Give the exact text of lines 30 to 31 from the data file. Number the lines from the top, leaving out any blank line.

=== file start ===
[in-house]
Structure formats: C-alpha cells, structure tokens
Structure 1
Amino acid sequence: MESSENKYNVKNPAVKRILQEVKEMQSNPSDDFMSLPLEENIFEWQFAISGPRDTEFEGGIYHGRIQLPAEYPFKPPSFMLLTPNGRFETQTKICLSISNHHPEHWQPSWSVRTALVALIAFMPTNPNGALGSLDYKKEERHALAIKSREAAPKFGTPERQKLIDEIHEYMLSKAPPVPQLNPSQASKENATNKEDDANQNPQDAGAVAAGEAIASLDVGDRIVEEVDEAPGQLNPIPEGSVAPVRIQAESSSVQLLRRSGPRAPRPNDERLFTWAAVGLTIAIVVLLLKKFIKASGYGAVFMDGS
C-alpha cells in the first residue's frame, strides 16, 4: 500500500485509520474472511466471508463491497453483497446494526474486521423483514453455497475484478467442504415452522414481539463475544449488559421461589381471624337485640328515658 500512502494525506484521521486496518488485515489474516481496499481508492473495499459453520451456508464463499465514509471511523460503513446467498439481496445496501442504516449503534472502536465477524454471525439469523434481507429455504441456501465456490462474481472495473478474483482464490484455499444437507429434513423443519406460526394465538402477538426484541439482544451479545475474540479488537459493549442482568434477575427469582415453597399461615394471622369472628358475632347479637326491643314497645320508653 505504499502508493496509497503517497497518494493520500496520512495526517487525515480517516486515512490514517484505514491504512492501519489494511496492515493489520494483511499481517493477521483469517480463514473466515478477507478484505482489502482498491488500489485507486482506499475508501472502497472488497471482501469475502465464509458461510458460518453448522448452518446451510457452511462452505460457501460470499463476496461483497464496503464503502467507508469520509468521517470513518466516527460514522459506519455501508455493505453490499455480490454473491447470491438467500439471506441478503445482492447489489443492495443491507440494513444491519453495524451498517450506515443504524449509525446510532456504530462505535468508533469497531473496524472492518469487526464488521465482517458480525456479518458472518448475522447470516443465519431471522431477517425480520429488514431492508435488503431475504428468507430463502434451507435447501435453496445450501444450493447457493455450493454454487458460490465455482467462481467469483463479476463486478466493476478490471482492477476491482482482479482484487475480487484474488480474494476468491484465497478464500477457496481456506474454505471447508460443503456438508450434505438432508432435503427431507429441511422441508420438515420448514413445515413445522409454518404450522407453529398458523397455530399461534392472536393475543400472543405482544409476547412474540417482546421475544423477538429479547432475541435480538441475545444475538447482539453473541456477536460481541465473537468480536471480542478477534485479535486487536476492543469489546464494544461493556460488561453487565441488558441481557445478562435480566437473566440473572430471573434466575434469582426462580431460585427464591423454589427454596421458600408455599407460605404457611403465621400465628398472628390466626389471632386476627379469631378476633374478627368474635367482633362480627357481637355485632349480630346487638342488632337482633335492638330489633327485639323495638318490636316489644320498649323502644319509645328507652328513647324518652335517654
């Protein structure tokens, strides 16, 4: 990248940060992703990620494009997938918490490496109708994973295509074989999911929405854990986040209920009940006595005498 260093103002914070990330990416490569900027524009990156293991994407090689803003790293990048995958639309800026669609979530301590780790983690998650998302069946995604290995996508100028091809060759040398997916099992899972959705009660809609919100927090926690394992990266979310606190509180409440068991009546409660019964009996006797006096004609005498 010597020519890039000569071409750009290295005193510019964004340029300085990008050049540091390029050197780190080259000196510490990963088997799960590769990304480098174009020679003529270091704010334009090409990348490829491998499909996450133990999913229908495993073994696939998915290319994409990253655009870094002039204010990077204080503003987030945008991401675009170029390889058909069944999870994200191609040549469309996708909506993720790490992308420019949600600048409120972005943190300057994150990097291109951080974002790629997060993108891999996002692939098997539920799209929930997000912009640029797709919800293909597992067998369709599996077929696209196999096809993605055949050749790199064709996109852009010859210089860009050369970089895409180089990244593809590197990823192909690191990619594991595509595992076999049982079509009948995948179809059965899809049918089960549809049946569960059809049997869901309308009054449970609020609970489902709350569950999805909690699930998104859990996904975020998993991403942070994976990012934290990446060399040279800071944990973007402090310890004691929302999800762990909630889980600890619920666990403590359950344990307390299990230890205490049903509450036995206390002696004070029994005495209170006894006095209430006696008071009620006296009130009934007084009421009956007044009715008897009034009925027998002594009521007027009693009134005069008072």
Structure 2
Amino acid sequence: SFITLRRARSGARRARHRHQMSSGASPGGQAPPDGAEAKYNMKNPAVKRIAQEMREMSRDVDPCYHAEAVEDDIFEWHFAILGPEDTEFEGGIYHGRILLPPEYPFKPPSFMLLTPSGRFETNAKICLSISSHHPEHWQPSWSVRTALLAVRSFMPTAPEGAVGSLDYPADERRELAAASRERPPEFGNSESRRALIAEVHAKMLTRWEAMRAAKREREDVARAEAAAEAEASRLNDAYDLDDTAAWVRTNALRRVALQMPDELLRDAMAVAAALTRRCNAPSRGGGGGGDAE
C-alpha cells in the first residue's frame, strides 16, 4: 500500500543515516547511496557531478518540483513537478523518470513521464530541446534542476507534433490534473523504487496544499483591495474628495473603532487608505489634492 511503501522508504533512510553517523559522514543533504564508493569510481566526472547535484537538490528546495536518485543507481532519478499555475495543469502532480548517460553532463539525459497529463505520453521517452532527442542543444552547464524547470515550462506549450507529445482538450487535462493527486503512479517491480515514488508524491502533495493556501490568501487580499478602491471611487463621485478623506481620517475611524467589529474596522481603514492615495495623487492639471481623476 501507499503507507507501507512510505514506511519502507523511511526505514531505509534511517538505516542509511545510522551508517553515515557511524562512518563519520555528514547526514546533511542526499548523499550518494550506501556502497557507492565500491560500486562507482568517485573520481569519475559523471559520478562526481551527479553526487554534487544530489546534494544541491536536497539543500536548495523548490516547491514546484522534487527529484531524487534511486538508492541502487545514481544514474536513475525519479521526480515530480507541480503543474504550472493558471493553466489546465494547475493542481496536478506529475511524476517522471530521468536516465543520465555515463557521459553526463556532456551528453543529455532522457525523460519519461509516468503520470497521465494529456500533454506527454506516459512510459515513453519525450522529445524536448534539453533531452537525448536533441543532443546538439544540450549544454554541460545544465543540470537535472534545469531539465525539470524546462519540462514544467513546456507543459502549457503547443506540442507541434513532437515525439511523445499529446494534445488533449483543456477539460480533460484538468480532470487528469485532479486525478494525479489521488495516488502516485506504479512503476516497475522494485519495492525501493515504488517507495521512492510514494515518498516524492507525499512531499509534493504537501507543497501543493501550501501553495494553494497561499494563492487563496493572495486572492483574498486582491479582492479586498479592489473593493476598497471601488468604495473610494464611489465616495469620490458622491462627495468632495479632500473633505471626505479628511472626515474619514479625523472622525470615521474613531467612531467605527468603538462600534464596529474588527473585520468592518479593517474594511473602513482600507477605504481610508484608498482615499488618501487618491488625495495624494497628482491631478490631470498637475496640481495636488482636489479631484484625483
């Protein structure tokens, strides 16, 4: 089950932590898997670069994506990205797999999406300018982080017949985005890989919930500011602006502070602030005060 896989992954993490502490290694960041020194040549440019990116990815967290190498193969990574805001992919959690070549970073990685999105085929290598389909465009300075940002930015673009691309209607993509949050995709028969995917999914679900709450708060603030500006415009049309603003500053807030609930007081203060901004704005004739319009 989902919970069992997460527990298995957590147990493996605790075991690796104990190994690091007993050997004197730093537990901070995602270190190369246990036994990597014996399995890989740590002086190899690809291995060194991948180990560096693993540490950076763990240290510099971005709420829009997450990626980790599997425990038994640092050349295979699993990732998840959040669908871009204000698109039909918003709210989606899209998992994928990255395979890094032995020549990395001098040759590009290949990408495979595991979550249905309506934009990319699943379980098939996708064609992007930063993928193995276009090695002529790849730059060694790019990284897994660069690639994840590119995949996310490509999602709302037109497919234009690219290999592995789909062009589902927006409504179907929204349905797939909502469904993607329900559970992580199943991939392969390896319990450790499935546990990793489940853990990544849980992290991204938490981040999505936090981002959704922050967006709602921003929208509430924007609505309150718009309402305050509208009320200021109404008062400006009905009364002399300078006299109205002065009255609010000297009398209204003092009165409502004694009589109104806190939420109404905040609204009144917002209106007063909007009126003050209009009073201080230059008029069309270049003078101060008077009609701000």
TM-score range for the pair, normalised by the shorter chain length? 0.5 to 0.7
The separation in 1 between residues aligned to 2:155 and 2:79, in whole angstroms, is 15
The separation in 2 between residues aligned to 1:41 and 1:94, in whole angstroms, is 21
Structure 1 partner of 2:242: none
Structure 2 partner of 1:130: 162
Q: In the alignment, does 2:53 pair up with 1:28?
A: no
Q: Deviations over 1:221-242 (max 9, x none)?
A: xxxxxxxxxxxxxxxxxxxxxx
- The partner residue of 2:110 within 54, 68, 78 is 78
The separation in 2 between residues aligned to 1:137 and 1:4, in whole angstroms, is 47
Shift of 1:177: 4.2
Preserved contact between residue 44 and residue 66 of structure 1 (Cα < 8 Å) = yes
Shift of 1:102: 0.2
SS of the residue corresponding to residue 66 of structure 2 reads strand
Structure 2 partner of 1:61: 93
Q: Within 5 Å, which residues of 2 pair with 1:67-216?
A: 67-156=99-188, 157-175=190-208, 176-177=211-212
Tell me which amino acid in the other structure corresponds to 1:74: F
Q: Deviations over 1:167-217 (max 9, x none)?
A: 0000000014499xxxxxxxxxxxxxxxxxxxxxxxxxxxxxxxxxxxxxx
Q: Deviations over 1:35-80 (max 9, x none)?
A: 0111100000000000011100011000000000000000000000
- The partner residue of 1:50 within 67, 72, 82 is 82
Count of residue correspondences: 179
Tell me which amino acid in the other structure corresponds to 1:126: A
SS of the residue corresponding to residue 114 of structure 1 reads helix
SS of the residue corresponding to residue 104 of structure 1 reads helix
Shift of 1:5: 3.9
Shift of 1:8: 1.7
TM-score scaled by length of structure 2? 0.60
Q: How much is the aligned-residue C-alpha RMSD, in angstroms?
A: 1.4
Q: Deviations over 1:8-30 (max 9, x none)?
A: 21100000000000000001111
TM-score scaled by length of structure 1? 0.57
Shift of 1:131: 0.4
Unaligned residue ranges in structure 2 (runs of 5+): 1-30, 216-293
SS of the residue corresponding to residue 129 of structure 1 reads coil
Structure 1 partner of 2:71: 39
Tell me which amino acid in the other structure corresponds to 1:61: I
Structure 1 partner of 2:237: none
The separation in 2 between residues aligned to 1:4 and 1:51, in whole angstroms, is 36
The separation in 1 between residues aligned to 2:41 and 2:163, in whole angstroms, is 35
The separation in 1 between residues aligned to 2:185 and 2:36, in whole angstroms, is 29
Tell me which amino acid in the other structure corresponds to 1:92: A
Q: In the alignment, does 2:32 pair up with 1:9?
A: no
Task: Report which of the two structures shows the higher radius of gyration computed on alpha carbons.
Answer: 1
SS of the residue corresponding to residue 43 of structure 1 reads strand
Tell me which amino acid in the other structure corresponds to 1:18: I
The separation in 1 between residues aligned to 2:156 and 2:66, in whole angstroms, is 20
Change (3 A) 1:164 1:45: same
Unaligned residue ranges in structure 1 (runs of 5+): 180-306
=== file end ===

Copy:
Q: Deviations over 1:167-217 (max 9, x none)?
A: 0000000014499xxxxxxxxxxxxxxxxxxxxxxxxxxxxxxxxxxxxxx